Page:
J.M. Woolsey reviews Detlev Claussen by Theodor W. Adorno: One Last Genius, in Politics and Culture:
In his writings dedicated to collective memory, Maurice Halbwachs argued that family memory operates as a “physiognomy” in which our remembrance of family members and relations consist of a condensation or “summation of an entire period—the idea of a type of life” (60). At the level of both content and method, Halbwachs’s observations about the condensed and physiognomic nature of family memory as “the idea of a type of life” speak directly to Detlev Claussen’s Theodor W. Adorno: One Last Genius. Anyone familiar with Adorno will surely be aware of his infamous claim in Minima Moralia that “Wrong life cannot be lived rightly” (39). This statement—usually interpreted as “survivor’s guilt,” or a declaration about the impossibility of escaping total enmeshment in the exploitative exchange relations of capitalism—has become, inter alia, the equivalent of a physiognomic sound bite, metonymically branding Adorno. It is perhaps Claussen’s most valuable biographical insight that this negation of an idea of a type of life should be understood in relation to Adorno’s own memory of family life and his membership in the extended family of his intellectual friendships.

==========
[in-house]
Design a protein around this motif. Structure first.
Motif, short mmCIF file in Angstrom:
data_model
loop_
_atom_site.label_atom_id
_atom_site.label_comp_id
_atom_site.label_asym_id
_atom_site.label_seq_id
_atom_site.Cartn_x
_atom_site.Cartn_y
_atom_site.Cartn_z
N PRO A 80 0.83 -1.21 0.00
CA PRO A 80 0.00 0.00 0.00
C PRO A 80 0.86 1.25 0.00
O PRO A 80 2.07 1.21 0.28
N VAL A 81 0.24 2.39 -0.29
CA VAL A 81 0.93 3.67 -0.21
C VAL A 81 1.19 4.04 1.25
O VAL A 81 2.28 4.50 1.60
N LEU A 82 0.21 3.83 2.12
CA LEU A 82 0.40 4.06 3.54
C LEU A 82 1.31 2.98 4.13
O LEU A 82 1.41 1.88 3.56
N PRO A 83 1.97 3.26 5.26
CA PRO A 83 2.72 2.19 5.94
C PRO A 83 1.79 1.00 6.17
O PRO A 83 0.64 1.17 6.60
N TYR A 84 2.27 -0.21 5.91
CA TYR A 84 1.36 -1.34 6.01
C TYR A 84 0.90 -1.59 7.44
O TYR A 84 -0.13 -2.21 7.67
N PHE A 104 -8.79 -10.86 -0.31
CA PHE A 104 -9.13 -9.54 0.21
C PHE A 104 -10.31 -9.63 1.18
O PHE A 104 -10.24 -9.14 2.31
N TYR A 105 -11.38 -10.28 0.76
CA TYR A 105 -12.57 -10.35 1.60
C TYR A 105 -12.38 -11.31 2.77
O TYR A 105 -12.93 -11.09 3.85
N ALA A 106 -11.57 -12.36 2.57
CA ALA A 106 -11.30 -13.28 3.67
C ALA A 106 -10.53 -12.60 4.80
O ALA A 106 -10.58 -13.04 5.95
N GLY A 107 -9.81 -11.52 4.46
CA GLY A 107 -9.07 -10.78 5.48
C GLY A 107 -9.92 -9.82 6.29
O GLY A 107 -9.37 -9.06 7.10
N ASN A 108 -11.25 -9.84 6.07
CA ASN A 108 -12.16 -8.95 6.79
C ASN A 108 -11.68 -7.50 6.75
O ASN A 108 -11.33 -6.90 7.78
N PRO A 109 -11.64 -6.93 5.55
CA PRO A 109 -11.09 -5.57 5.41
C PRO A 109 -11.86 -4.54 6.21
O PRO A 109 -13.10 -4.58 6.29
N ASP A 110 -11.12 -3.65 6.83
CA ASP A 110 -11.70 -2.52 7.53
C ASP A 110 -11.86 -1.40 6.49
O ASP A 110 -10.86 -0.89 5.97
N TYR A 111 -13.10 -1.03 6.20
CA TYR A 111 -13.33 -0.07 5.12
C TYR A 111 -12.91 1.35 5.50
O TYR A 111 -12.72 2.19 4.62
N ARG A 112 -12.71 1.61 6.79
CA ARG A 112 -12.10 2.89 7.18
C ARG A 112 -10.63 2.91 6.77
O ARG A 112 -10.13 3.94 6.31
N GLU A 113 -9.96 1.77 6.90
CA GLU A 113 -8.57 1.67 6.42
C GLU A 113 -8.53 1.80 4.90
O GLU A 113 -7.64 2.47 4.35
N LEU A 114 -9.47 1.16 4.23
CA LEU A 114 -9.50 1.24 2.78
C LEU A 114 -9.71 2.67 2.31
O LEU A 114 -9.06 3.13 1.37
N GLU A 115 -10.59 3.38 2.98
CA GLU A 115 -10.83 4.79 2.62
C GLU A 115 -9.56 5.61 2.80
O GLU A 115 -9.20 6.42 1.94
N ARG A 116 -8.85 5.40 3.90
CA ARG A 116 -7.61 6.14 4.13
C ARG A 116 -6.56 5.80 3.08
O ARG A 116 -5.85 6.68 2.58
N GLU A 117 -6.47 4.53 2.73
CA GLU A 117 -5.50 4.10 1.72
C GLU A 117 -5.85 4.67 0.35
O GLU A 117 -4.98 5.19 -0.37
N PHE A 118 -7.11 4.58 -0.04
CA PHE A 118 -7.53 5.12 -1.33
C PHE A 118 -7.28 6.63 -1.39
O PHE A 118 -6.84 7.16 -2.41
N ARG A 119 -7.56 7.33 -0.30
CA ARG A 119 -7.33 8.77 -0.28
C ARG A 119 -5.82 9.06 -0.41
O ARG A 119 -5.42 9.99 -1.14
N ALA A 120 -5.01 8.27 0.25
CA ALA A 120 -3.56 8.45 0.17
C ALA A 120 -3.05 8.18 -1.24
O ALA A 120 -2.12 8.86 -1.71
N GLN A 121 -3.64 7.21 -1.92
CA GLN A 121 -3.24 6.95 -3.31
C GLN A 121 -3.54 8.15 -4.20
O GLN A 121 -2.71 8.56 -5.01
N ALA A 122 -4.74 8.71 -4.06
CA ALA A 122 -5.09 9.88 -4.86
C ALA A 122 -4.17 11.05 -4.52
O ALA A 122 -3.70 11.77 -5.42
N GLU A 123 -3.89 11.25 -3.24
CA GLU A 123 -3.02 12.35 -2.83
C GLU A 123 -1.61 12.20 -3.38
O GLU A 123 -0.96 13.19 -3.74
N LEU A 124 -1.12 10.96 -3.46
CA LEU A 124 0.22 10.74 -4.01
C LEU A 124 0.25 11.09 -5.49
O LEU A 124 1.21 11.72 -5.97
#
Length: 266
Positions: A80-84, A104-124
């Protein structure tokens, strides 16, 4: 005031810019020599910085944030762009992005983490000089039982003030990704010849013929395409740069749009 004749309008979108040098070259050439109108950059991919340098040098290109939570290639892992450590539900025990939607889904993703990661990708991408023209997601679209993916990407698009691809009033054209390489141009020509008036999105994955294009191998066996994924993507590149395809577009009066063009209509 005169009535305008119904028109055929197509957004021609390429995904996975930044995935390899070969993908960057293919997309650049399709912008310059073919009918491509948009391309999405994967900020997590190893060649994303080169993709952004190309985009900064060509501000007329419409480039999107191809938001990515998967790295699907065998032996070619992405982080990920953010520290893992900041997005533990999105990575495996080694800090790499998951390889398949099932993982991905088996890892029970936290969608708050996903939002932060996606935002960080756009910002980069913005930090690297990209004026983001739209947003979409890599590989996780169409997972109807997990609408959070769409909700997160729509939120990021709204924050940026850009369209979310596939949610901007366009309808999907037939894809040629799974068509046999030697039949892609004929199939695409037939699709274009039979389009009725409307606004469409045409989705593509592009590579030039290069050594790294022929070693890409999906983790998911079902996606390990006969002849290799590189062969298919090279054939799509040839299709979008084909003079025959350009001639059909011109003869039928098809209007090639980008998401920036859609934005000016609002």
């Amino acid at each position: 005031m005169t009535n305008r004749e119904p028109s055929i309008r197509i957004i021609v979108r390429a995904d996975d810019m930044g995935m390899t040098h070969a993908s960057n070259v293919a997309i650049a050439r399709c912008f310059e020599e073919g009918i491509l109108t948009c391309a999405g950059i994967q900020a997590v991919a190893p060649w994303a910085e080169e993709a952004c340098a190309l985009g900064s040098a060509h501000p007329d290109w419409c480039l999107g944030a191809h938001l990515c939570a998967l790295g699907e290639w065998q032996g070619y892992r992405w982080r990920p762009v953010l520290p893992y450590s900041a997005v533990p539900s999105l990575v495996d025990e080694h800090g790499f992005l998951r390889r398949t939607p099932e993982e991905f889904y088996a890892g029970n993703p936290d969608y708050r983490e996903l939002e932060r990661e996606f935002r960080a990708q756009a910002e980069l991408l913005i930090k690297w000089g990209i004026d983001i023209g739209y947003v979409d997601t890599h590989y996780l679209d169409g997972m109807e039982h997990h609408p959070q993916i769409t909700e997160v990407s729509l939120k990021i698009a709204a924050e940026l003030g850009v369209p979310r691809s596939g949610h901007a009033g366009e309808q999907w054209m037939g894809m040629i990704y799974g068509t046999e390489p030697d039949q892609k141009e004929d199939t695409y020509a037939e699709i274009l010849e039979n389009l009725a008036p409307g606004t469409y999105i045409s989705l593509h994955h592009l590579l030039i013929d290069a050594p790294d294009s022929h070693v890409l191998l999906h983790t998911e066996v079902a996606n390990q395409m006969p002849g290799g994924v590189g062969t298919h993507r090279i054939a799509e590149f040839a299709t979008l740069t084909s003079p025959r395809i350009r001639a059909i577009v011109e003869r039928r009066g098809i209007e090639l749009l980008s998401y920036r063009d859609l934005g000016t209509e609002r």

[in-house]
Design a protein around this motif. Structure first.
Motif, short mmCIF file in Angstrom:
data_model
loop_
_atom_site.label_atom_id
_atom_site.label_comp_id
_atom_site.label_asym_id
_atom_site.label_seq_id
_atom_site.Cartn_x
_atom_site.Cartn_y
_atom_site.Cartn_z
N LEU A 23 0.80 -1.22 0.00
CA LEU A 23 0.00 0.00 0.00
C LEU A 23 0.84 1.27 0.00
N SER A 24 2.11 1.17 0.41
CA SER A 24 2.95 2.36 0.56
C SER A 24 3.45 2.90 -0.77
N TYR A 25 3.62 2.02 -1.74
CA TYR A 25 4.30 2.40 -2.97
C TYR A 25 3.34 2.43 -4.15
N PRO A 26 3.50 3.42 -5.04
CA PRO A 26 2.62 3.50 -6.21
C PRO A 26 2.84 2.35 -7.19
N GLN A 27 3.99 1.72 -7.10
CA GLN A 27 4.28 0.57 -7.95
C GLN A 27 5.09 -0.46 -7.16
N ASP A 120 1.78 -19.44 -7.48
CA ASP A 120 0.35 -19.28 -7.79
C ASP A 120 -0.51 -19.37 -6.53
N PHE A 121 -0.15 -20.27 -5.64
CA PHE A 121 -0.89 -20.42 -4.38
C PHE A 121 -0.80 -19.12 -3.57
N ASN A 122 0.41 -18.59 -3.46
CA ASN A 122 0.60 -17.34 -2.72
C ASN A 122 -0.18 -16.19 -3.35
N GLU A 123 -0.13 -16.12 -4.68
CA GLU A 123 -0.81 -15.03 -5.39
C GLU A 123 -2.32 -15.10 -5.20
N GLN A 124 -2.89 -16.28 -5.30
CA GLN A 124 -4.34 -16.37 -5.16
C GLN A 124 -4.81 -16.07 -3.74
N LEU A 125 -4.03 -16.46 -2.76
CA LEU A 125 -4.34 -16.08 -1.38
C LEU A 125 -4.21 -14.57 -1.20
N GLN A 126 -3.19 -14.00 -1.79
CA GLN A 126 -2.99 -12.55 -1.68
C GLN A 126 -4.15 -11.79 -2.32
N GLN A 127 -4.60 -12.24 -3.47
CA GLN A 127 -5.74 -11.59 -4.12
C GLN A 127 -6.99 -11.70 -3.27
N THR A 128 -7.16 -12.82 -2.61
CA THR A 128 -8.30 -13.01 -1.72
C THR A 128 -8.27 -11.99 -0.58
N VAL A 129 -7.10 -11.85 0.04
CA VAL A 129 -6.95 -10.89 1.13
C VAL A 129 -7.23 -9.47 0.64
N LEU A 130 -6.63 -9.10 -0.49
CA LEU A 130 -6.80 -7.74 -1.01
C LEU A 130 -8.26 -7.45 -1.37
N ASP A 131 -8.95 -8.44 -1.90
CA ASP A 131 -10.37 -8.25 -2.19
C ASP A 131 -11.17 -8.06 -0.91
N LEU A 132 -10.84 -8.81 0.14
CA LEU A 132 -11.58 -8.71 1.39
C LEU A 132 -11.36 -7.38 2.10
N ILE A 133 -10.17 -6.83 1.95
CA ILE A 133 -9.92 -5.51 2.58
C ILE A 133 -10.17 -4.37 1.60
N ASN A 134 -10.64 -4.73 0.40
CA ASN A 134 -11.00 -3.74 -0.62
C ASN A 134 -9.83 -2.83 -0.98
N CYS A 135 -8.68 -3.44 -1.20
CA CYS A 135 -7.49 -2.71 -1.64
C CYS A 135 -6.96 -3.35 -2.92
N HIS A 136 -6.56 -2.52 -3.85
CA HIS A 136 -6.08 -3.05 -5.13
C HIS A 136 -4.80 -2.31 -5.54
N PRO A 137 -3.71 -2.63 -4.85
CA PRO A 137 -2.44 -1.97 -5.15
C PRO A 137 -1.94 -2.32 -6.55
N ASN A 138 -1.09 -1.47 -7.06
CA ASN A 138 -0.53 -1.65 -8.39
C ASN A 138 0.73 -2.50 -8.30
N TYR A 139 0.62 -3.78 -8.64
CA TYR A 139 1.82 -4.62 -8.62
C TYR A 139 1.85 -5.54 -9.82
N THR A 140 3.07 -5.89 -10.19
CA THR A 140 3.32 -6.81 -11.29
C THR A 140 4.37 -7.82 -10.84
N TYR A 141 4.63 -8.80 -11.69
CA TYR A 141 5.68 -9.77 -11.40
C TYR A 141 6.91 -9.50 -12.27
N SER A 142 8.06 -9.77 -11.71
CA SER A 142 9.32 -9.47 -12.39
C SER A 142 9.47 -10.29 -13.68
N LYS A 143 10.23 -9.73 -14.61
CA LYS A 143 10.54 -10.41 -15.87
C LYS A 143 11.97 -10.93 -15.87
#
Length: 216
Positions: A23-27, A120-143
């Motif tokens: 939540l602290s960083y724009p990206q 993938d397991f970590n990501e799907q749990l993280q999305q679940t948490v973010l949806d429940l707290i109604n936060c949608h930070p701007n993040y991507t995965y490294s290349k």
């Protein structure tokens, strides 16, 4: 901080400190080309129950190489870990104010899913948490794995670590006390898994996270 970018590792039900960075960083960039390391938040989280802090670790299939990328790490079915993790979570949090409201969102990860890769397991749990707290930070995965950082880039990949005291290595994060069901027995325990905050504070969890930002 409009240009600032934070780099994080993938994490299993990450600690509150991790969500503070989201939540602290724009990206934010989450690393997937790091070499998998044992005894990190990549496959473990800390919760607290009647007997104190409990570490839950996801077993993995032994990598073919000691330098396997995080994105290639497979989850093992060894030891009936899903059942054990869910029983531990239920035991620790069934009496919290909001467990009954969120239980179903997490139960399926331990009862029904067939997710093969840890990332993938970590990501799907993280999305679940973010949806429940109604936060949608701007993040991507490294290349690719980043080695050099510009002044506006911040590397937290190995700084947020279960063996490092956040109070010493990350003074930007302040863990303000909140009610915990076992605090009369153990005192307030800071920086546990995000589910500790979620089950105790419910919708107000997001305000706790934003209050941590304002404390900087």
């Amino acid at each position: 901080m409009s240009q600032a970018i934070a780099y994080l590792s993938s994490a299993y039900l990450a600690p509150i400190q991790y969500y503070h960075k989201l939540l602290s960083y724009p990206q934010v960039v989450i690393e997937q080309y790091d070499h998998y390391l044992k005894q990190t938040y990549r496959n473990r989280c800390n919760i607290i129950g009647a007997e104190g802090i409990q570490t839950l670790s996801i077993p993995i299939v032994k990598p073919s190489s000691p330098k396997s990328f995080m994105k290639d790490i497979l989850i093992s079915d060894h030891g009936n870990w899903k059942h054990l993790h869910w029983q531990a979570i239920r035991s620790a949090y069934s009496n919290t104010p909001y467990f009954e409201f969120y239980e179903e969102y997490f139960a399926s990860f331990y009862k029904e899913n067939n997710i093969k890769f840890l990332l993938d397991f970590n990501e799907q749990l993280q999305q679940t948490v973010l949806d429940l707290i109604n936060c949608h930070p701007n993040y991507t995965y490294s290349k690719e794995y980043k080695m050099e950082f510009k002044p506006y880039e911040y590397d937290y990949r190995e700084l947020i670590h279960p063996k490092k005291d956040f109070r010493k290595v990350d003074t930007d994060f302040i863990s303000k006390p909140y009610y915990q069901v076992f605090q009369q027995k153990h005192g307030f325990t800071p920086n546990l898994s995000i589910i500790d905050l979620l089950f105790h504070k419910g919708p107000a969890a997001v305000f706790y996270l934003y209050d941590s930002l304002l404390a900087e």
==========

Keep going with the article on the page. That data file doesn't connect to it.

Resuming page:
With the publication of One Last Genius, Claussen, a former student of Adorno who is now a professor of social theory and culture at the Leibniz University of Hanover, has made an important and valuable contribution to the recent literature dedicated to exploring the relation between the dialectician’s life experiences and his unique articulation of critical theory. By combining a close, if unbalanced, reading of some of Adorno’s central texts with an astute attention to letters and other private and public testimony written by his intellectual contemporaries, Claussen has produced a work similar in scope (but not depth) to Rolf Wiggerhaus’s magisterial account of the Institute of Social Research: The Frankfurt School: Its History, Theories and Political Significance (1995). However, anyone who reads One Last Genius looking for a definite statement about Adorno or “negative dialectics” will be sorely disappointed. In fact, throughout much of the text, Adorno is a shadowy figure in the background of a story focused on his intimate circle of friends; just another face in the crowd. Furthermore, Claussen’ s stylistic approach is often so repetitious and circular that it is bound to frustrate even the most interested and sympathetic reader. This problem can partially be attributed to the fact that each chapter in the book is designed to stand on its own and thus inevitably covers the same material as others, often in the same context and to make the same point.